Brussels (Brussels Morning) Russia’s Minister of Foreign Affairs Sergey Lavrov announced Thursday that the Kremlin was imposing retaliatory sanctions against German and French officials, DW reports.
Last month, the EU imposed sanctions against Russian officials it deemed responsible for the poisoning of Russian opposition politician Alexei Navalny using a Novichok Soviet-era nerve agent.
The EU had accused Russian security services of taking part in the poisoning, insisting it could only have happened with their involvement.
The bloc imposed sanctions against six senior Russian officials, among them some of President Vladimir Putin’s closest associates — Director of the Federal Security Service (FSB) Alexander Bortnikov, Presidential Envoy of the Siberian Federal District Sergey Menyaylo, First Deputy Chief of Staff of the Presidential Administration of Russia Sergey Kiriyenko and his subordinate Andrei Yarin, among others.
Lavrov stressed that retaliatory sanctions against German and French officials will be put in place soon, while maintaining that Germany had been the driving force behind the EU sanctions against Russian officials. The sanctions directly target top Kremlin officials, Lavrov noted, adding that Russian sanctions will mirror those imposed by the EU.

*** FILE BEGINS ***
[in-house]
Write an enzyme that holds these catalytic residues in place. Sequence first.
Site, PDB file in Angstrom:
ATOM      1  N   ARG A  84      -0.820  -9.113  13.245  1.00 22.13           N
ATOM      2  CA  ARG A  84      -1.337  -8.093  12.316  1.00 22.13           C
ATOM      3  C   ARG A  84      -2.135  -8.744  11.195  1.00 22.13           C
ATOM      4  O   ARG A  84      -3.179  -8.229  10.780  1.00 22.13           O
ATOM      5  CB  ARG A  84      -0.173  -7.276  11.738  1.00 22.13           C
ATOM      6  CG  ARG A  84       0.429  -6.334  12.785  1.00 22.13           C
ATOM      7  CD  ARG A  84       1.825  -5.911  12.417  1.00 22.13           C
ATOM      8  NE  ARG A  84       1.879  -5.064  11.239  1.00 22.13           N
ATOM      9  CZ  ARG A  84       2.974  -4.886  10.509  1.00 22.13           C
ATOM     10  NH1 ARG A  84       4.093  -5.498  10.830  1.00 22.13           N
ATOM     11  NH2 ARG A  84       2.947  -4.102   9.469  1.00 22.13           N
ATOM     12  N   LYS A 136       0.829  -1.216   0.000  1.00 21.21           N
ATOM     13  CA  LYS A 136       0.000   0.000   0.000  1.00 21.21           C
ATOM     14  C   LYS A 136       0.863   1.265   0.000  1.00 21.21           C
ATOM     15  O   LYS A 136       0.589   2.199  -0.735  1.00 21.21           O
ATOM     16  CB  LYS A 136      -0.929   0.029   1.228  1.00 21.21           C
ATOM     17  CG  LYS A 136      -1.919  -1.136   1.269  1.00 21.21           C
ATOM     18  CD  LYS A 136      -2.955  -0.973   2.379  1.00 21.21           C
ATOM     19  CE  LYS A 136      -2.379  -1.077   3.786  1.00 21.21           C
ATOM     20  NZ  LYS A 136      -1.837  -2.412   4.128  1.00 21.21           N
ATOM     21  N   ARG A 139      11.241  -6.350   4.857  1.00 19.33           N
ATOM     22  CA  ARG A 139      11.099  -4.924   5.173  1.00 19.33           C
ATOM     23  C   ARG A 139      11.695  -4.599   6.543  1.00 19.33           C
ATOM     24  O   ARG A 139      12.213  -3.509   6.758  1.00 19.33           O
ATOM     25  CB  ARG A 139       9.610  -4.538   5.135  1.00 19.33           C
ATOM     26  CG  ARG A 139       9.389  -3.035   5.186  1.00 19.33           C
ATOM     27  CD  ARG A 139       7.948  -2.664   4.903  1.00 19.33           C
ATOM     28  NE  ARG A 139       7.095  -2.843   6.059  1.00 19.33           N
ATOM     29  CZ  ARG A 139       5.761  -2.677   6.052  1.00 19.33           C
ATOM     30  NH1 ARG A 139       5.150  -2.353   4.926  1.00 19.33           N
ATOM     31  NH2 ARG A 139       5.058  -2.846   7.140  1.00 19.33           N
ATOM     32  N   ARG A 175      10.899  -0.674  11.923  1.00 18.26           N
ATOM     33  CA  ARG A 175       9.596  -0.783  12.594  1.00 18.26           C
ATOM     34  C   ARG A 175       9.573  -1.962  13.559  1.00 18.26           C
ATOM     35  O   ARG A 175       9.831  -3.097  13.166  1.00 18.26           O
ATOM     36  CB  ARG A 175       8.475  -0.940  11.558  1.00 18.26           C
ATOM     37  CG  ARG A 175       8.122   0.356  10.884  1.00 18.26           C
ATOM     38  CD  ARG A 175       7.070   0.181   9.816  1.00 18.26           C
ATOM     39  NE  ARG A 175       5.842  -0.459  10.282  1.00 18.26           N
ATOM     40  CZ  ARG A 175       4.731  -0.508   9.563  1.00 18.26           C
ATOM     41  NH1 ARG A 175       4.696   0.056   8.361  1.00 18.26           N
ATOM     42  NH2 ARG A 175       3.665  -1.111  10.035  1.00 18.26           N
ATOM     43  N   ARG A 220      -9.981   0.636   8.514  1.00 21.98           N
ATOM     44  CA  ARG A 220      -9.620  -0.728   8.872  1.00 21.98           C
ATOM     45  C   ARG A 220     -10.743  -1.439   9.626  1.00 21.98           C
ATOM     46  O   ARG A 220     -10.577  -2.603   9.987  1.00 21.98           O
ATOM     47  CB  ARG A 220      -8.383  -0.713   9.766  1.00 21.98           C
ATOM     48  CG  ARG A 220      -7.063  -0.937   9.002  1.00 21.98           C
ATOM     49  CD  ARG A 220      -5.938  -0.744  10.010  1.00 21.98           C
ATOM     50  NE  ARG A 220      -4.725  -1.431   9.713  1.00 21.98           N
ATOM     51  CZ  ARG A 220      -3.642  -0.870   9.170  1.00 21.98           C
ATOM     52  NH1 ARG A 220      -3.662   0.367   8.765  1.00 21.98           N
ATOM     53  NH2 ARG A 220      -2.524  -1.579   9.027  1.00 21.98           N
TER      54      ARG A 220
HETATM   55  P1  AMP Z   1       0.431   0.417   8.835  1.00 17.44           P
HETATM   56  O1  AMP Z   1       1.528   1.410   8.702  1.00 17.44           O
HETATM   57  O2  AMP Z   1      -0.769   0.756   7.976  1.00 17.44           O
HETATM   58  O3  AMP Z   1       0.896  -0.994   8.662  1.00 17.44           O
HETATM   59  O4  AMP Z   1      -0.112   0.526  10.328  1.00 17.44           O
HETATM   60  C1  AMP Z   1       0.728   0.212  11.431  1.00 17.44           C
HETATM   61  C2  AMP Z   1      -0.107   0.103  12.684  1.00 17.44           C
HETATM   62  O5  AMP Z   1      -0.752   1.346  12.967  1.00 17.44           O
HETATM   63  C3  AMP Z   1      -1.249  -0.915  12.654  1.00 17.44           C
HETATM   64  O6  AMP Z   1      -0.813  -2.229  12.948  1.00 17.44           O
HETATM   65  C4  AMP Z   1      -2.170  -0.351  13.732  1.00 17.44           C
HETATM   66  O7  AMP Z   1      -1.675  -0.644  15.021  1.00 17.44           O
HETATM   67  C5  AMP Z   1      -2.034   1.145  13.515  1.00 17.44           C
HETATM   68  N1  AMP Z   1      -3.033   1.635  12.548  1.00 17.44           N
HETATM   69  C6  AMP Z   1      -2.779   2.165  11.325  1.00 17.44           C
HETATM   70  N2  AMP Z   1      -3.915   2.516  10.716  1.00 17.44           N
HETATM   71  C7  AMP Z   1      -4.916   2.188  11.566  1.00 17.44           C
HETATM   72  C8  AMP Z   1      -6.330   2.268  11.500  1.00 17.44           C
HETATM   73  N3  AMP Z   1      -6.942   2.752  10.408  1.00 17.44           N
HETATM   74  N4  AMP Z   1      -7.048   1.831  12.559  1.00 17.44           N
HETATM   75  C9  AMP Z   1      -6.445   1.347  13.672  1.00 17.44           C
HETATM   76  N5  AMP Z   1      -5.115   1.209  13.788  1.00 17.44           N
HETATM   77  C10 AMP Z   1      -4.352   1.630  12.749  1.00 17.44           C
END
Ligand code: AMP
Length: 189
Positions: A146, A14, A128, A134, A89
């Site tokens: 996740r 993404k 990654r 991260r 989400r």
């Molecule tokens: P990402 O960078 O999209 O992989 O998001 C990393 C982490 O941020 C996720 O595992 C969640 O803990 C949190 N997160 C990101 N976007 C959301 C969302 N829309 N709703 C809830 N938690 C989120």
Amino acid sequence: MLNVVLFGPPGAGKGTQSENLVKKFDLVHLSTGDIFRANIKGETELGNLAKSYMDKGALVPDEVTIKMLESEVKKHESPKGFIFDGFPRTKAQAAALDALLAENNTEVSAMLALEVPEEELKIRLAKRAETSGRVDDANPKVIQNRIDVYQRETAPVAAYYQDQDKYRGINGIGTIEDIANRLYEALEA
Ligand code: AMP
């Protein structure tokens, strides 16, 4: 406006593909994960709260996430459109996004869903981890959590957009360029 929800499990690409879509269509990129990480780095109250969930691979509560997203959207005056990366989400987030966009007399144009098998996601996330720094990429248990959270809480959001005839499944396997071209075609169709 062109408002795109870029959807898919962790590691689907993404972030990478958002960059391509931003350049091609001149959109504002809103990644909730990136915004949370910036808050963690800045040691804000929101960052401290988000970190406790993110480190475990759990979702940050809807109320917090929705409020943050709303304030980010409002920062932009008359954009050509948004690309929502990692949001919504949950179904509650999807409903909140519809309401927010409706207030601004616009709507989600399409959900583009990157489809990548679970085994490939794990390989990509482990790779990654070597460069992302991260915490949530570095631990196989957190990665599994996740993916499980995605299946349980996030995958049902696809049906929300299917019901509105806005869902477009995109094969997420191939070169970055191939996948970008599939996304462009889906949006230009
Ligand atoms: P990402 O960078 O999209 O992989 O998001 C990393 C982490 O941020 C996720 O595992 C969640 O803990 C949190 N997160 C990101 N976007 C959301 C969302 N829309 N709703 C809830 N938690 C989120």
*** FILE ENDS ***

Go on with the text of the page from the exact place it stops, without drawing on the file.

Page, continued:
Moscow, he said, had reason to believe that Navalny was poisoned with the nerve agent on his flight to Berlin, where he is still recovering. Navalny’s spokeswoman Kira Yarmysh criticised this claim as “the most idiotic of them all.”
According to the Organisation for the Prohibition of Chemical Weapons (OPCW), Navanly’s blood samples showed the presence of a Novichok nerve agent, Reuters has reported. Relations between the West and Russia took a turn for the worse in the wake of the poisoning and the sanctions directed at members of Putin’s inner circle.
The Kremlin has denied involvement in the poisoning of Navalny, who fell ill on a flight in Russia in August and was subsequently taken to the Charité hospital in Berlin. Traces of a Novichok nerve agent were also found in the case of the poisoning of Sergei Skripal, a Russian double agent, and his daughter in the UK in 2018.